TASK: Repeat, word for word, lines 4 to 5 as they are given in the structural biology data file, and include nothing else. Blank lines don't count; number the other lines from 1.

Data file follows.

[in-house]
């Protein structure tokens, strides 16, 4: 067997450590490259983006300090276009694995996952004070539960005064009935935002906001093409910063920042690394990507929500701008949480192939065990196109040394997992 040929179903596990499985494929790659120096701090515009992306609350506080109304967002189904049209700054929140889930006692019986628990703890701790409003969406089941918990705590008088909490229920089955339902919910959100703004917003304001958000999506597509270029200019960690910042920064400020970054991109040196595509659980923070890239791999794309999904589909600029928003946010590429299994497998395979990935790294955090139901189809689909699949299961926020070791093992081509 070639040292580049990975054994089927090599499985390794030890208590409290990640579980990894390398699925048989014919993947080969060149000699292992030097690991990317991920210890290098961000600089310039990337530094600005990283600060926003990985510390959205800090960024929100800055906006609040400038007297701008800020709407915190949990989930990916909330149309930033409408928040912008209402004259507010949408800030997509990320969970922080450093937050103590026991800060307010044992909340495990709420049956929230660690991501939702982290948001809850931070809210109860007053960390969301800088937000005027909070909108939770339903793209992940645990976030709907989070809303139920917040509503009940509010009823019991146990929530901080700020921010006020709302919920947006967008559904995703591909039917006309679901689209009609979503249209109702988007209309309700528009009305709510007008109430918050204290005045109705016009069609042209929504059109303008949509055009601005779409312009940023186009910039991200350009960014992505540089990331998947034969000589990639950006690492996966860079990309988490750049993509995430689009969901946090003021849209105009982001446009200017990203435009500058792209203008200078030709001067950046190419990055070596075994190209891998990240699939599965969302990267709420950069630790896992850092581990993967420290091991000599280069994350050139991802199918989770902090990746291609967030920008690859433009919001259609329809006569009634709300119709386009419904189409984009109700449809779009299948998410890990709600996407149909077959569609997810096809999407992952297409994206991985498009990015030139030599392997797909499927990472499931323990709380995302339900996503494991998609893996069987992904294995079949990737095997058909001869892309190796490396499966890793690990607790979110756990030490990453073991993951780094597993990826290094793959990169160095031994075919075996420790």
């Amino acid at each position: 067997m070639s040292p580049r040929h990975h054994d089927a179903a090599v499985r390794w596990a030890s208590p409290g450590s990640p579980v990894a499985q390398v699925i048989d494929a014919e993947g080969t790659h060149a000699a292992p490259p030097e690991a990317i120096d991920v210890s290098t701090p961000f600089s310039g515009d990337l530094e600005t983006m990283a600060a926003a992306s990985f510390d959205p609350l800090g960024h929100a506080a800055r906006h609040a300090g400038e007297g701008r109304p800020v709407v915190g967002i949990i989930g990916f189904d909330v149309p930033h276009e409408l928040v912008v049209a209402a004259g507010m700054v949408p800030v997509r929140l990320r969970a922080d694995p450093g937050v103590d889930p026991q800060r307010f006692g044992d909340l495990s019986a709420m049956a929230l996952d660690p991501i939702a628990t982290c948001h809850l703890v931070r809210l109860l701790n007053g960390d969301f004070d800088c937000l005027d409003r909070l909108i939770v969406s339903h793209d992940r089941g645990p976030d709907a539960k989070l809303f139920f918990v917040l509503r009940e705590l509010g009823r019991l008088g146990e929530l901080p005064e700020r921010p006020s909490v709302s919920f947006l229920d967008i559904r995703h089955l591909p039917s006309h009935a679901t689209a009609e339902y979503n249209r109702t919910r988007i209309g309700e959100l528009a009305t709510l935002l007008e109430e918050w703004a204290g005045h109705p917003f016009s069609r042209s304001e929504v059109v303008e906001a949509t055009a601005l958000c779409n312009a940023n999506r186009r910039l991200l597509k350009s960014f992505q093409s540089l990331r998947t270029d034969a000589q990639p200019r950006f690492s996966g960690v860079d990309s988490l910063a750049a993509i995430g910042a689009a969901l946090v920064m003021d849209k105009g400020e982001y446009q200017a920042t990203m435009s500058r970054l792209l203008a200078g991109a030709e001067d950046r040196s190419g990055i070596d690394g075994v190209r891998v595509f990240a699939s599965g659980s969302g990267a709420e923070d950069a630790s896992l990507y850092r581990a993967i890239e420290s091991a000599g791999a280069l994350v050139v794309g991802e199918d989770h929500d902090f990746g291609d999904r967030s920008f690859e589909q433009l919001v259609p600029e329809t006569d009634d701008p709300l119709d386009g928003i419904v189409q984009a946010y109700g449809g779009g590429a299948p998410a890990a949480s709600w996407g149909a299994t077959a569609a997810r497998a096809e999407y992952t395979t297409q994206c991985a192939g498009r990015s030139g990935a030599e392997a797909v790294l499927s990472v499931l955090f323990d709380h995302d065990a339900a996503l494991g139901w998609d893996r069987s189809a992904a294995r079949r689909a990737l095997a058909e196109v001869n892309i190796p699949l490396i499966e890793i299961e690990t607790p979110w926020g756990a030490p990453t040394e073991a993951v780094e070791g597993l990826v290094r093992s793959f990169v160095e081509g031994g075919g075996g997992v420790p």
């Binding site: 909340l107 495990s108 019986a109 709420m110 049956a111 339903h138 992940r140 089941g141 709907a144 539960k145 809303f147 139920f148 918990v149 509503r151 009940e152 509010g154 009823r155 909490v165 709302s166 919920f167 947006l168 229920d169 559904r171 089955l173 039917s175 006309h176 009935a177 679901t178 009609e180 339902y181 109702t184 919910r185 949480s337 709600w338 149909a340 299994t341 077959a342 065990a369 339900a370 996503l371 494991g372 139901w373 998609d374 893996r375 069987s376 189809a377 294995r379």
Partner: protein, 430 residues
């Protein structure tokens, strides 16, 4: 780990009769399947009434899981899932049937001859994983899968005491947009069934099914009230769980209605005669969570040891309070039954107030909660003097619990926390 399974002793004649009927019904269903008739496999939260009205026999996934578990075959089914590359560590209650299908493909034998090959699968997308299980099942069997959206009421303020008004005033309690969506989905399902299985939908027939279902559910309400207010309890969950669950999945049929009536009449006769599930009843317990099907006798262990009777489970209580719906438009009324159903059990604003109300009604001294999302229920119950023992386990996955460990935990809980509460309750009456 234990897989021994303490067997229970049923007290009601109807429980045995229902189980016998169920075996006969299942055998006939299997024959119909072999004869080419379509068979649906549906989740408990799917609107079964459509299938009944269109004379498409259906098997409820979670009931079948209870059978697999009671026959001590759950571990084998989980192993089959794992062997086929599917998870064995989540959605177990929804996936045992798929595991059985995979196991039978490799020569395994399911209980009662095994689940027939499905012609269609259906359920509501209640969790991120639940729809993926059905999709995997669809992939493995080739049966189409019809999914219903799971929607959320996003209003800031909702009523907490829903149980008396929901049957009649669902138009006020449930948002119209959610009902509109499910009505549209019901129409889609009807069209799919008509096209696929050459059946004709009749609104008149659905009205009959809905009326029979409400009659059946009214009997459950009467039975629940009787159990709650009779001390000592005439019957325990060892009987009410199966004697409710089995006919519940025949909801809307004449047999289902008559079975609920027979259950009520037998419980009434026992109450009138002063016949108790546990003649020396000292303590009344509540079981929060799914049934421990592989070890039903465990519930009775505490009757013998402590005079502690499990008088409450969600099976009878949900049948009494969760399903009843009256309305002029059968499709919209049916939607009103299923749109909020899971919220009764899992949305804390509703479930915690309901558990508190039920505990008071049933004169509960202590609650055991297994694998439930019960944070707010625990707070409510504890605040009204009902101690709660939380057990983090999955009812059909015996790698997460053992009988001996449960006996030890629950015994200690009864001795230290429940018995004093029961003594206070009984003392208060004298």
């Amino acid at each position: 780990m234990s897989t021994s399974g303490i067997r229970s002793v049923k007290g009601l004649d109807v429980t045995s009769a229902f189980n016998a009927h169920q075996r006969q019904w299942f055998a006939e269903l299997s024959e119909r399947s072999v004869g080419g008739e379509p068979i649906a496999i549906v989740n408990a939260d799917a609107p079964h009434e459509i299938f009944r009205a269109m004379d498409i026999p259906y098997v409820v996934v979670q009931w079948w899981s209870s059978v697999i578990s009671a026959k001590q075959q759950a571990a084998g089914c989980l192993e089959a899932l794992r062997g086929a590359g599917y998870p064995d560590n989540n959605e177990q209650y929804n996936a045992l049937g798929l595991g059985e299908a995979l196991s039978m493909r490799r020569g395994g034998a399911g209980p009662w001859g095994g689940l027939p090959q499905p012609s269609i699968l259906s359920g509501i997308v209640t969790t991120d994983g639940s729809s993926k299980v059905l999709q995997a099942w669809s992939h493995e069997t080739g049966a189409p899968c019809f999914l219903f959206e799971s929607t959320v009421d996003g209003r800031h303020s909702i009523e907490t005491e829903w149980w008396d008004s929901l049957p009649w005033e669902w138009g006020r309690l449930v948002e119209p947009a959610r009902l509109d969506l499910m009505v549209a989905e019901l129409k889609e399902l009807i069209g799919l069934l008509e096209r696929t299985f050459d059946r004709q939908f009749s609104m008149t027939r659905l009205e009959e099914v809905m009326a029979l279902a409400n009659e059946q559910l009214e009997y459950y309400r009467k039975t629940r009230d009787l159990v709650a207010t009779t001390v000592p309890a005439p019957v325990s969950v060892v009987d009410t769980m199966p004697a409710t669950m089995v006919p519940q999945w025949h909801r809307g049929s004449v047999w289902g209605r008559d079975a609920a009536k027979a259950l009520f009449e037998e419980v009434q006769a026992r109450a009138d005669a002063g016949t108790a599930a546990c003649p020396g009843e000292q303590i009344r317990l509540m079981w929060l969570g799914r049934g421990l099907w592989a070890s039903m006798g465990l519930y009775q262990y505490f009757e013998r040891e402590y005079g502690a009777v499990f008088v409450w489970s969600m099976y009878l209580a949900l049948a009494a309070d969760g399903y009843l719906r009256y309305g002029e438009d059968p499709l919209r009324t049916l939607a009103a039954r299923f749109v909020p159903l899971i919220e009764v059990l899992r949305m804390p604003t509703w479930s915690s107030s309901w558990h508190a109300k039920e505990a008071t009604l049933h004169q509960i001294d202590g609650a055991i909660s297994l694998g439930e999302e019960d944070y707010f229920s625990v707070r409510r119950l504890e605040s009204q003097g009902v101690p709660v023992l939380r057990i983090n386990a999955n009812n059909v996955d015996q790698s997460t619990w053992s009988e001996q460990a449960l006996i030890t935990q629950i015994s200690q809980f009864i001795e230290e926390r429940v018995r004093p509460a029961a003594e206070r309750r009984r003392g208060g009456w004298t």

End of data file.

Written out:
């Binding site: 909340l107 495990s108 019986a109 709420m110 049956a111 339903h138 992940r140 089941g141 709907a144 539960k145 809303f147 139920f148 918990v149 509503r151 009940e152 509010g154 009823r155 909490v165 709302s166 919920f167 947006l168 229920d169 559904r171 089955l173 039917s175 006309h176 009935a177 679901t178 009609e180 339902y181 109702t184 919910r185 949480s337 709600w338 149909a340 299994t341 077959a342 065990a369 339900a370 996503l371 494991g372 139901w373 998609d374 893996r375 069987s376 189809a377 294995r379």
Partner: protein, 430 residues